BEVERLY HILLS, Calif. - Hollywood's big question - which movies will compete at the Academy Awards? - is about to be answered. But a bigger, more vexing one is still casting a shadow over Tuesday's nominations announcement: Will there be any kind of recognizable Oscars show if the writers strike continues?
Rolling out the list of nominees normally sets the stage for a month of hugs and kisses leading up to the Oscars on Feb. 24 as Hollywood's elite congratulate themselves on a job well done. But as writers shut down the town's biggest parties to force management back to the negotiating table, awards shows have become the latest casualties.
One needed only to have tuned into the rushed and tepid Golden Globes "ceremony" to realize that the Oscars could be in trouble, too. But like with the Globes, there are awards to hand out, strike or no strike.
In the acting categories, potential nominees include past Oscar winners Cate Blanchett for "I'm Not There" and possibly "Elizabeth: The Golden Age"; George Clooney for "Michael Clayton"; Angelina Jolie for "A Mighty Heart"; Julie Christie for "Away From Her"; Jodie Foster for "The Brave One"; Daniel Day-Lewis for "There Will Be Blood"; and Julia Roberts and Philip Seymour Hoffman for "Charlie Wilson's War."
Among other contenders are Johnny Depp and Helena Bonham Carter for "Sweeney Todd: The Demon Barber of Fleet Street"; Javier Bardem for "No Country for Old Men"; and some relative newcomers, Marion Cotillard for "La Vie En Rose," Ellen Page for "Juno" and Nikki Blonsky for "Hairspray."
No clear favorite has emerged in the best-picture category, whose nominees might include "There Will Be Blood," "No Country for Old Men," "Juno" and "Sweeney Todd" along with "Atonement," "American Gangster" and "The Diving Bell and the Butterfly."
A lot of crossed fingers will accompany the adulation this Oscar season, which is jeopardized by the same dispute that already snuffed the Golden Globes.
On strike since Nov. 5, the Writers Guild of America refused to let its members work on the Globes, which prompted stars to steer clear of the show in solidarity. Globe organizers were forced to scrap their glitzy telecast, instead announcing winners in a swift, humdrum news conference, without anyone on hand to accept their prizes.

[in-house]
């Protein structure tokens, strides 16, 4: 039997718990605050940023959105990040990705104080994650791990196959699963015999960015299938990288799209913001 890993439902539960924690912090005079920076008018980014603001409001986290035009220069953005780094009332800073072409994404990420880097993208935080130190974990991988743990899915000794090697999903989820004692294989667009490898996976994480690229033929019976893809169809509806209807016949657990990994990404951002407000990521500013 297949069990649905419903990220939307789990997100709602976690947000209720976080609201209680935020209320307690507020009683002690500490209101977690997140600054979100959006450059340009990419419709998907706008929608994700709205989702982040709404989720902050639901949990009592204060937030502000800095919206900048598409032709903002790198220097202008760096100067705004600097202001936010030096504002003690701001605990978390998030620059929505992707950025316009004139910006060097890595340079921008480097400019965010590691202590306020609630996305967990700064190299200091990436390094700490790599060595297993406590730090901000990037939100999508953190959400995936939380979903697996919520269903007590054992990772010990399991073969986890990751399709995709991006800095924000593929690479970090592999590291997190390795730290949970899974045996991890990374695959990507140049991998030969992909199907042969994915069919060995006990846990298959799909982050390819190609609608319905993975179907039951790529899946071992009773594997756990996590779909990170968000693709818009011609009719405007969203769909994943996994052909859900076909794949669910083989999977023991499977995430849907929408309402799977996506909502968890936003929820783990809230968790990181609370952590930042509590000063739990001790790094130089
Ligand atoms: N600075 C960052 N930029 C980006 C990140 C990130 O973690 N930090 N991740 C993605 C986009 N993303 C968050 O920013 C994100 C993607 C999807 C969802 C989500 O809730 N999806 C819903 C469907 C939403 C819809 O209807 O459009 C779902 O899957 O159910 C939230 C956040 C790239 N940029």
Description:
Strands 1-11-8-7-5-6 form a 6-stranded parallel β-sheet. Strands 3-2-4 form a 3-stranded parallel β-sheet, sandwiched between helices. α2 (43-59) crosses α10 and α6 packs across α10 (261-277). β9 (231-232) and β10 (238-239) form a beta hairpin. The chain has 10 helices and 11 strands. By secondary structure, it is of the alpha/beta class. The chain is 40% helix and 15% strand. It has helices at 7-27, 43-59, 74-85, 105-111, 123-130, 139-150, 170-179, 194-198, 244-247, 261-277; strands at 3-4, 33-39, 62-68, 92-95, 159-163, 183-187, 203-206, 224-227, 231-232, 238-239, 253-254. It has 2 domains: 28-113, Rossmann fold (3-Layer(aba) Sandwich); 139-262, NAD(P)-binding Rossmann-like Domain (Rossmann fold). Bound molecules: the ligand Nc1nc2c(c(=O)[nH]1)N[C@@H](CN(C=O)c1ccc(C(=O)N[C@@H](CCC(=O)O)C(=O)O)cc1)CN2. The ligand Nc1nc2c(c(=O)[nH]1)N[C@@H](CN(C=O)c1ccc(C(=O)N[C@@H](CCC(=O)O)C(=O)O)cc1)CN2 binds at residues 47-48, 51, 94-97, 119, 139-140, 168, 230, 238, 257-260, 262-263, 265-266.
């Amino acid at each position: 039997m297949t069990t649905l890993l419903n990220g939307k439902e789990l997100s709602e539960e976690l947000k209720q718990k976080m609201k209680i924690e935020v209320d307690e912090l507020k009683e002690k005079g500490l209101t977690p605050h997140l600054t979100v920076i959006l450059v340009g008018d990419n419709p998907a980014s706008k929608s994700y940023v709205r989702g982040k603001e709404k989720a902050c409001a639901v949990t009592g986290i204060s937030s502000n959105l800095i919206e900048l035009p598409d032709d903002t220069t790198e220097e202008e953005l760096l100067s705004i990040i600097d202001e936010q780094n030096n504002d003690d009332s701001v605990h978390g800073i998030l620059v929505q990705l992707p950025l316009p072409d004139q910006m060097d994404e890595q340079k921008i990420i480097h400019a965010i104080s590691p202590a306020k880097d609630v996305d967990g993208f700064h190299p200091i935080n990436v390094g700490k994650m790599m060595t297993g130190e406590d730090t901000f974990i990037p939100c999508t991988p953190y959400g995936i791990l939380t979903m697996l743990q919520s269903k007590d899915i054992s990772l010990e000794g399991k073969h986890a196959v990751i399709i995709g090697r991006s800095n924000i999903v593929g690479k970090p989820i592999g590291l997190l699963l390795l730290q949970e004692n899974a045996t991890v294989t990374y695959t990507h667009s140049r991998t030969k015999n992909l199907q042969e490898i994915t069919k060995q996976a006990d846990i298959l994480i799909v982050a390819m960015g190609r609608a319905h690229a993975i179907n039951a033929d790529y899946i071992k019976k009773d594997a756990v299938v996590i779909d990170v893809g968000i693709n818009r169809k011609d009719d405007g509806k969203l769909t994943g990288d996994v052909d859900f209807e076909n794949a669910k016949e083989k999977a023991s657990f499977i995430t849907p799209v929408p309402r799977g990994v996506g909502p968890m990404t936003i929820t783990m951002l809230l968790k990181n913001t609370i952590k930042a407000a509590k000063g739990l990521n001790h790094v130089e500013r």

Guild leaders have said that if the strike continues, they will not allow writers to work on the Oscars, either, which might leave nominees and other celebrities forced to choose between attending the biggest night in show business or staying home to avoid crossing picket lines.
Oscar organizers insist their show will go on, with or without the writers.
A glimmer of hope arose late last week as the Directors Guild of America reached a deal with producers for a new contract. Many in Hollywood are counting on that deal to help resuscitate negotiations between writers and producers, who walked away from the table Dec. 7, and sources say informal talks may resume this week.
If the two sides settle their differences in time for the Oscars, the ceremony would become a dual celebration, honoring the best in Hollywood from the previous year and marking an end to a season of labor discontent that idled TV shows, delayed some movies and threw thousands of production workers into unemployment.
The tentative contract for directors addressed a key issue for writers - pay for films and TV shows that end up on the Internet and other new media. But whether the terms of the directors' deal would satisfy writers remains uncertain.
Nominees are chosen in most categories by specific branches of the Academy of Motion Picture Arts and Sciences, such as actors, writers and directors. The academy's full membership of about 5,800 was eligible to vote for best-picture nominations and can cast ballots for the winners in all categories at the Oscar ceremony itself.
Assuming the show comes off as scheduled, ABC will broadcast the Oscars live Feb. 24 from Hollywood's Kodak Theatre. Jon Stewart - who recently resumed "The Daily Show" on Comedy Central, but without the help of his striking writers - will serve as Oscar host, a job he previously did two years ago.